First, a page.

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Capital Mafia. Hands Off from Lirio Abbate and 96 reporters

Because on the eve of the maxi-trial in Rome, attacks on journalists that have informed readers about a scandal without precedent have multipliedA few weeks away from the start of the trial in Rome known as “Capital Mafia”, which will start on November 5, some positions have revealed the intolerance for the role of the press and of the reporters who, in the different stages of the investigation, have duly and extensively informed the public on the prosecution stance and the charges pressed against the individual defendants. In particular, it is shocking the attack by a group of criminal lawyers to dozens of court reporters and the attempt by some of them to isolate the journalist Lirio Abbate by denigrating him sarcastically.

The freedom to express opinions, dialectics and pluralism are out of the question, as well as the fact that opinions can be refuted and that it is up to the judges of the Court to verify the actual guilt of each of the defendants. It’s obvious. But it is even more clear that it was and is a duty for newspapers and for any journalist to inform citizens as clearly and as extensively as possible, especially in the face of the explosion of a scandal of such vast proportions. The discovery of an organized criminal mafia in Rome is unprecedented and it is understandable that it has shaken convictions rooted in public opinion, above all the conviction that Rome was immune from the active presence of criminal organizations like the mafia. It was therefore useful, necessary, and obligatory to have a wide media coverage on the issue.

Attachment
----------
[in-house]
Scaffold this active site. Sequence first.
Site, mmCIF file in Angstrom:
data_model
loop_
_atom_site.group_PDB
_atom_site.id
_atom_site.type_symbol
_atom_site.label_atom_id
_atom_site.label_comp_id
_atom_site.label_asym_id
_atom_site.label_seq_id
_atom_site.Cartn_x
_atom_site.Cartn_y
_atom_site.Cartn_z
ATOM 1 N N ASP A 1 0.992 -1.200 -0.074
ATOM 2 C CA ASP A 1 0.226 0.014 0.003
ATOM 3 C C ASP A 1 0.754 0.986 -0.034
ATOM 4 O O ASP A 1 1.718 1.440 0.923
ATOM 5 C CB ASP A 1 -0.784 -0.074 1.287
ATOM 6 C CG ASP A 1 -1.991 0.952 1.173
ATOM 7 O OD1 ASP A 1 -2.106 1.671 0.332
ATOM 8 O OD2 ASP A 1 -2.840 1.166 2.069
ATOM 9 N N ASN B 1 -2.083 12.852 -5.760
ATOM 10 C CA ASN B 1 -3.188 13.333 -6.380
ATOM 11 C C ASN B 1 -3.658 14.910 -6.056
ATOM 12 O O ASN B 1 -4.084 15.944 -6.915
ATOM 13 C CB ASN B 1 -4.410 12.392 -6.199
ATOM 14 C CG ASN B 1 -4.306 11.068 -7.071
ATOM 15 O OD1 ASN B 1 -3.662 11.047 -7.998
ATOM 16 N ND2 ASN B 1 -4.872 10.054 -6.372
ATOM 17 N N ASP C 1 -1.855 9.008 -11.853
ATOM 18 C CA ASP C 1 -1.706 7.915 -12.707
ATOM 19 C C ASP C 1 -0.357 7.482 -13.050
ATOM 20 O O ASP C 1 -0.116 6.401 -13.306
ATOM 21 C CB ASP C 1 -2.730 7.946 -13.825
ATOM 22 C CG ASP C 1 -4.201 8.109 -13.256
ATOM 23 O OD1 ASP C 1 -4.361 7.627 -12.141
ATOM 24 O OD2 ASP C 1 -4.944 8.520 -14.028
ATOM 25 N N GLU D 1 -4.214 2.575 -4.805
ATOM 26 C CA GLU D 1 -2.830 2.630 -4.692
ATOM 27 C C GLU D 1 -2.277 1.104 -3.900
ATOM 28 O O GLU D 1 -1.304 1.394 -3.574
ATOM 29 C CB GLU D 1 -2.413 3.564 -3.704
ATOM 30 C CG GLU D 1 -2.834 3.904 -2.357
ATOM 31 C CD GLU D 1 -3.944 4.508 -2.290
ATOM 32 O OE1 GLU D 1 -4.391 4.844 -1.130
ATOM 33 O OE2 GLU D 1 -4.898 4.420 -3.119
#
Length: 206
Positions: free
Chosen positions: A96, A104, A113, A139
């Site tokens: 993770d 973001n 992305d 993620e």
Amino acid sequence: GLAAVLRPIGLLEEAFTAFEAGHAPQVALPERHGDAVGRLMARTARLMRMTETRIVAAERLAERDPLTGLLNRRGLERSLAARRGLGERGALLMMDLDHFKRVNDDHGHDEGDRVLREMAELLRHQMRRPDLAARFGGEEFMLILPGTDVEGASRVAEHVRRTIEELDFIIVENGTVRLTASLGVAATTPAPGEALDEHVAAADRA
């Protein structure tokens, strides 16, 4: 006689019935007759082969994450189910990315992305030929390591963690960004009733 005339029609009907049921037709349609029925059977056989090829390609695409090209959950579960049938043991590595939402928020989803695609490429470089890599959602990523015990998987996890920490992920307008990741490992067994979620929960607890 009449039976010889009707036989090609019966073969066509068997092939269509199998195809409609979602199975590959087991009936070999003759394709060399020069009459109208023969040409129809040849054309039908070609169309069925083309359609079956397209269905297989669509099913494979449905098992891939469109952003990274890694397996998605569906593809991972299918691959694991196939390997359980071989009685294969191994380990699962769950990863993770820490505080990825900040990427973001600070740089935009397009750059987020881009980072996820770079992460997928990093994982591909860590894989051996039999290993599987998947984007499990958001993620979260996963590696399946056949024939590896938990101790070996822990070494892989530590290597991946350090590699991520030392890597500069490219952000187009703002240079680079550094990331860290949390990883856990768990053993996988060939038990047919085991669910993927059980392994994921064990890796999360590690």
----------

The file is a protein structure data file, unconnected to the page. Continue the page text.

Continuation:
The Criminal Chamber of Rome has made known in these days that it does not think so. Through a denunciation-complaint to the Public Prosecutor, the association representing the category to which criminal lawyers in the Capital adhere voluntarily, has accused 97 journalists of violating the ban on publication of judicial documents as per article 114 of the Code of Criminal Procedure as well as the ethical norms of their profession. They would have done so during the two waves of arrests, the first in December 2014 and the second in June 2015, publishing 278 articles on 14 newspapers, reporting content and textual parts of arrest warrants in jail. There is no memory of such a wide collective dispute for this offense.

A brave reporter with long experience that has at other times witnessed these conflicts between lawyers and chroniclers, my friend Attilio Bolzoni, sees the initiative of the Criminal Chamber a sort of conditioned reflex. Even in Palermo, he recalls, on the eve of the maxi-trial against Cosa Nostra in 1987, the criminal lawyers addressed similar accusations to reporters. But there was no formal initiative nor anything so sensational. “This time I do not understand what the goal is. Maybe they want the maxi-trial to be done against reporters rather than the mafia?” he says with bitter irony.